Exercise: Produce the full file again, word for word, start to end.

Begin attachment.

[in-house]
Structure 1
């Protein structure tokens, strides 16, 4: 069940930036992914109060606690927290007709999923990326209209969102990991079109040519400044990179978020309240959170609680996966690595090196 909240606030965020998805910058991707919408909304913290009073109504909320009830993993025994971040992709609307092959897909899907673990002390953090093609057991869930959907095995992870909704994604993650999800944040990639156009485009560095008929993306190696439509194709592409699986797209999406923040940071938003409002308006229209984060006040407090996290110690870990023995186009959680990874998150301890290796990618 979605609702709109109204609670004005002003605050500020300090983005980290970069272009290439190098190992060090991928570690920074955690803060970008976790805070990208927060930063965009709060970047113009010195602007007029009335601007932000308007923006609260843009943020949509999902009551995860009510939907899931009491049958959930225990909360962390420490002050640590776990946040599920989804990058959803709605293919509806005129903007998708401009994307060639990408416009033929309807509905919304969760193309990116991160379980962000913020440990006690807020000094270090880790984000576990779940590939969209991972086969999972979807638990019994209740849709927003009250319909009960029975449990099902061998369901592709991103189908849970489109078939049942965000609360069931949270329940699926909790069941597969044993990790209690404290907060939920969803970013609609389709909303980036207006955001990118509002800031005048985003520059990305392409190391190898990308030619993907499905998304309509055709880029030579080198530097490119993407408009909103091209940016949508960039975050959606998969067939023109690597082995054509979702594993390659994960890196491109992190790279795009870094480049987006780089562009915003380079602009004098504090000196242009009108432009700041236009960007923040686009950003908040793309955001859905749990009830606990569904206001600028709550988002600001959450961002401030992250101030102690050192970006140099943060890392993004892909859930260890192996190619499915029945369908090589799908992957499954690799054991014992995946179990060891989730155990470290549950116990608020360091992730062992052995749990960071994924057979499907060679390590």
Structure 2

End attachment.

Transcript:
[in-house]
Structure 1
């Protein structure tokens, strides 16, 4: 069940930036992914109060606690927290007709999923990326209209969102990991079109040519400044990179978020309240959170609680996966690595090196 909240606030965020998805910058991707919408909304913290009073109504909320009830993993025994971040992709609307092959897909899907673990002390953090093609057991869930959907095995992870909704994604993650999800944040990639156009485009560095008929993306190696439509194709592409699986797209999406923040940071938003409002308006229209984060006040407090996290110690870990023995186009959680990874998150301890290796990618 979605609702709109109204609670004005002003605050500020300090983005980290970069272009290439190098190992060090991928570690920074955690803060970008976790805070990208927060930063965009709060970047113009010195602007007029009335601007932000308007923006609260843009943020949509999902009551995860009510939907899931009491049958959930225990909360962390420490002050640590776990946040599920989804990058959803709605293919509806005129903007998708401009994307060639990408416009033929309807509905919304969760193309990116991160379980962000913020440990006690807020000094270090880790984000576990779940590939969209991972086969999972979807638990019994209740849709927003009250319909009960029975449990099902061998369901592709991103189908849970489109078939049942965000609360069931949270329940699926909790069941597969044993990790209690404290907060939920969803970013609609389709909303980036207006955001990118509002800031005048985003520059990305392409190391190898990308030619993907499905998304309509055709880029030579080198530097490119993407408009909103091209940016949508960039975050959606998969067939023109690597082995054509979702594993390659994960890196491109992190790279795009870094480049987006780089562009915003380079602009004098504090000196242009009108432009700041236009960007923040686009950003908040793309955001859905749990009830606990569904206001600028709550988002600001959450961002401030992250101030102690050192970006140099943060890392993004892909859930260890192996190619499915029945369908090589799908992957499954690799054991014992995946179990060891989730155990470290549950116990608020360091992730062992052995749990960071994924057979499907060679390590």
Structure 2